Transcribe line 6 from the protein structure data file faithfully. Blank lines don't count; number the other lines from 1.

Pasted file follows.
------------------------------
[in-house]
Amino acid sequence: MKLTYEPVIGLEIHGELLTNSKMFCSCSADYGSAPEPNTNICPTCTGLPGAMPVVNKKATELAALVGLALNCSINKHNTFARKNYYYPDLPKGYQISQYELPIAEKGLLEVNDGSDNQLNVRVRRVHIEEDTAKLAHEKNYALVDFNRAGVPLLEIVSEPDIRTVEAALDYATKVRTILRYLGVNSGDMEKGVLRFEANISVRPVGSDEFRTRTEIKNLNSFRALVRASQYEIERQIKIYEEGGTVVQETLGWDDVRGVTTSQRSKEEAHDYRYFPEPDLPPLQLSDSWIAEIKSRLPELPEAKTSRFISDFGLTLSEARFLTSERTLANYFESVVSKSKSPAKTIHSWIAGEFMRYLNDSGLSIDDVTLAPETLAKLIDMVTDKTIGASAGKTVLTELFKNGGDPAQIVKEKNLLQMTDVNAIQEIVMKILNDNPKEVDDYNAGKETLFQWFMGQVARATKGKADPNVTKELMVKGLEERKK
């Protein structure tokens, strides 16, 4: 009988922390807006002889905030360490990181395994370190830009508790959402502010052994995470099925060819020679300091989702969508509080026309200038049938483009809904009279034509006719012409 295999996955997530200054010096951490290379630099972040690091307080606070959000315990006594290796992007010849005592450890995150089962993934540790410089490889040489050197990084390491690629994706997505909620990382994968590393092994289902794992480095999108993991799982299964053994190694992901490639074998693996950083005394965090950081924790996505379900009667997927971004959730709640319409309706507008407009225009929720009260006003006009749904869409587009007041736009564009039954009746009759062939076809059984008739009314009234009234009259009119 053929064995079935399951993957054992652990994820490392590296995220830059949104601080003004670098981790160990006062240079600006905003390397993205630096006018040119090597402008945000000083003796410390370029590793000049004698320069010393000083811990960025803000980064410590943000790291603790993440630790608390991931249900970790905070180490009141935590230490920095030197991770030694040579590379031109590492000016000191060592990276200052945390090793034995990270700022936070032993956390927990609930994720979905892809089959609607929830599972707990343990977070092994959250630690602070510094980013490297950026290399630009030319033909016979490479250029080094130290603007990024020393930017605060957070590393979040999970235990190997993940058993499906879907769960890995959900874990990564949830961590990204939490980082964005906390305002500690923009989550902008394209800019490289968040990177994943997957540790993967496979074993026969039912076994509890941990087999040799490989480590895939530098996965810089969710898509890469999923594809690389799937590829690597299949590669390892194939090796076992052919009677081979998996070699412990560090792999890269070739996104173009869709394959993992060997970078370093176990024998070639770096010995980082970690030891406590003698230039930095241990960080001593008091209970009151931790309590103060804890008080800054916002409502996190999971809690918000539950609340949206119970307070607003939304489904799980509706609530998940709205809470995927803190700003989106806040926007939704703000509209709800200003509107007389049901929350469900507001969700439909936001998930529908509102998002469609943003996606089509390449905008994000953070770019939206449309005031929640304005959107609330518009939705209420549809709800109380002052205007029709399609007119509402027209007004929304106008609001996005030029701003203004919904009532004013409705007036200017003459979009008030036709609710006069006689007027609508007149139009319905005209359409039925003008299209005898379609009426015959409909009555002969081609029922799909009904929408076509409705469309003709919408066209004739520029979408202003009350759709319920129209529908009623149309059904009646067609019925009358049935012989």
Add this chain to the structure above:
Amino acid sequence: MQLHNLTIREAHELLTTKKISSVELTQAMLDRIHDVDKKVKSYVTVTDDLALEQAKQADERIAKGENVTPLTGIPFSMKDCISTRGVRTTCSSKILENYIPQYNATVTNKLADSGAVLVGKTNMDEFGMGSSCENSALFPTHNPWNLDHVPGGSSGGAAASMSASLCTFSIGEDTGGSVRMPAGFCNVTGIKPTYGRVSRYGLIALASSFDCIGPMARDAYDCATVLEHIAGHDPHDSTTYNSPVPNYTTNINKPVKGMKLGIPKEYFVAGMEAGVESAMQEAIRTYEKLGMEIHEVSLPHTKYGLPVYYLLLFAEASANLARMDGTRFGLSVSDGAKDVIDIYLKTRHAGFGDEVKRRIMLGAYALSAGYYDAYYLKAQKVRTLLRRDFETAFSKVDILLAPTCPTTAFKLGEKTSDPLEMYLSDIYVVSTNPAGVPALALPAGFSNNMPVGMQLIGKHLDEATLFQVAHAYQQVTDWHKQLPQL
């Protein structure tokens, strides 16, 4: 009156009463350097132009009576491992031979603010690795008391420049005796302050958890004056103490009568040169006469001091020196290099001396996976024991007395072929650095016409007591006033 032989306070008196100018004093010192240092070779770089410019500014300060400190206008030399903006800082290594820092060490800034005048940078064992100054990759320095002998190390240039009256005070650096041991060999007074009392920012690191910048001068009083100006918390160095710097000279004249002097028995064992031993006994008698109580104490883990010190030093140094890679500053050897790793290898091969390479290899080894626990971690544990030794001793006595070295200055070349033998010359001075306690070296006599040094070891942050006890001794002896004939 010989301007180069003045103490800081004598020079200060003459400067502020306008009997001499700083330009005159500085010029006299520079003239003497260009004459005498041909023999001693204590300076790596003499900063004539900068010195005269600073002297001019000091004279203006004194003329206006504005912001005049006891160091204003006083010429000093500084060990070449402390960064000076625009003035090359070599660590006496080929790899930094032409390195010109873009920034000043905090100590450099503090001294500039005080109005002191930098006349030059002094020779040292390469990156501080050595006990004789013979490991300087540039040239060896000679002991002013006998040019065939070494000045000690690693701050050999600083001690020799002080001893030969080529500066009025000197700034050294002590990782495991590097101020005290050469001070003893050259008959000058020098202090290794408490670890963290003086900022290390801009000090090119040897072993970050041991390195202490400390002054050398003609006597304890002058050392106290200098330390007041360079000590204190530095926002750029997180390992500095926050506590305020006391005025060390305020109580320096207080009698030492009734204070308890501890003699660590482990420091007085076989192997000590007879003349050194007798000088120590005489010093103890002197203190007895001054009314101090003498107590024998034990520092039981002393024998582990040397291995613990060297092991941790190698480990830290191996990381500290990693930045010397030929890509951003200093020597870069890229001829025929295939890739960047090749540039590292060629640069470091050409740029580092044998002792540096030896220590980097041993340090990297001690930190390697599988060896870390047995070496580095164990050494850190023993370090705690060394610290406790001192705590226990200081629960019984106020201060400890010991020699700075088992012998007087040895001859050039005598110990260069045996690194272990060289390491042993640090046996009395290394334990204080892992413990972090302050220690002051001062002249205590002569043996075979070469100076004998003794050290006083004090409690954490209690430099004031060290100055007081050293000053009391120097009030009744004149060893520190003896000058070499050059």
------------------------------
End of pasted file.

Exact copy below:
């Protein structure tokens, strides 16, 4: 009156009463350097132009009576491992031979603010690795008391420049005796302050958890004056103490009568040169006469001091020196290099001396996976024991007395072929650095016409007591006033 032989306070008196100018004093010192240092070779770089410019500014300060400190206008030399903006800082290594820092060490800034005048940078064992100054990759320095002998190390240039009256005070650096041991060999007074009392920012690191910048001068009083100006918390160095710097000279004249002097028995064992031993006994008698109580104490883990010190030093140094890679500053050897790793290898091969390479290899080894626990971690544990030794001793006595070295200055070349033998010359001075306690070296006599040094070891942050006890001794002896004939 010989301007180069003045103490800081004598020079200060003459400067502020306008009997001499700083330009005159500085010029006299520079003239003497260009004459005498041909023999001693204590300076790596003499900063004539900068010195005269600073002297001019000091004279203006004194003329206006504005912001005049006891160091204003006083010429000093500084060990070449402390960064000076625009003035090359070599660590006496080929790899930094032409390195010109873009920034000043905090100590450099503090001294500039005080109005002191930098006349030059002094020779040292390469990156501080050595006990004789013979490991300087540039040239060896000679002991002013006998040019065939070494000045000690690693701050050999600083001690020799002080001893030969080529500066009025000197700034050294002590990782495991590097101020005290050469001070003893050259008959000058020098202090290794408490670890963290003086900022290390801009000090090119040897072993970050041991390195202490400390002054050398003609006597304890002058050392106290200098330390007041360079000590204190530095926002750029997180390992500095926050506590305020006391005025060390305020109580320096207080009698030492009734204070308890501890003699660590482990420091007085076989192997000590007879003349050194007798000088120590005489010093103890002197203190007895001054009314101090003498107590024998034990520092039981002393024998582990040397291995613990060297092991941790190698480990830290191996990381500290990693930045010397030929890509951003200093020597870069890229001829025929295939890739960047090749540039590292060629640069470091050409740029580092044998002792540096030896220590980097041993340090990297001690930190390697599988060896870390047995070496580095164990050494850190023993370090705690060394610290406790001192705590226990200081629960019984106020201060400890010991020699700075088992012998007087040895001859050039005598110990260069045996690194272990060289390491042993640090046996009395290394334990204080892992413990972090302050220690002051001062002249205590002569043996075979070469100076004998003794050290006083004090409690954490209690430099004031060290100055007081050293000053009391120097009030009744004149060893520190003896000058070499050059």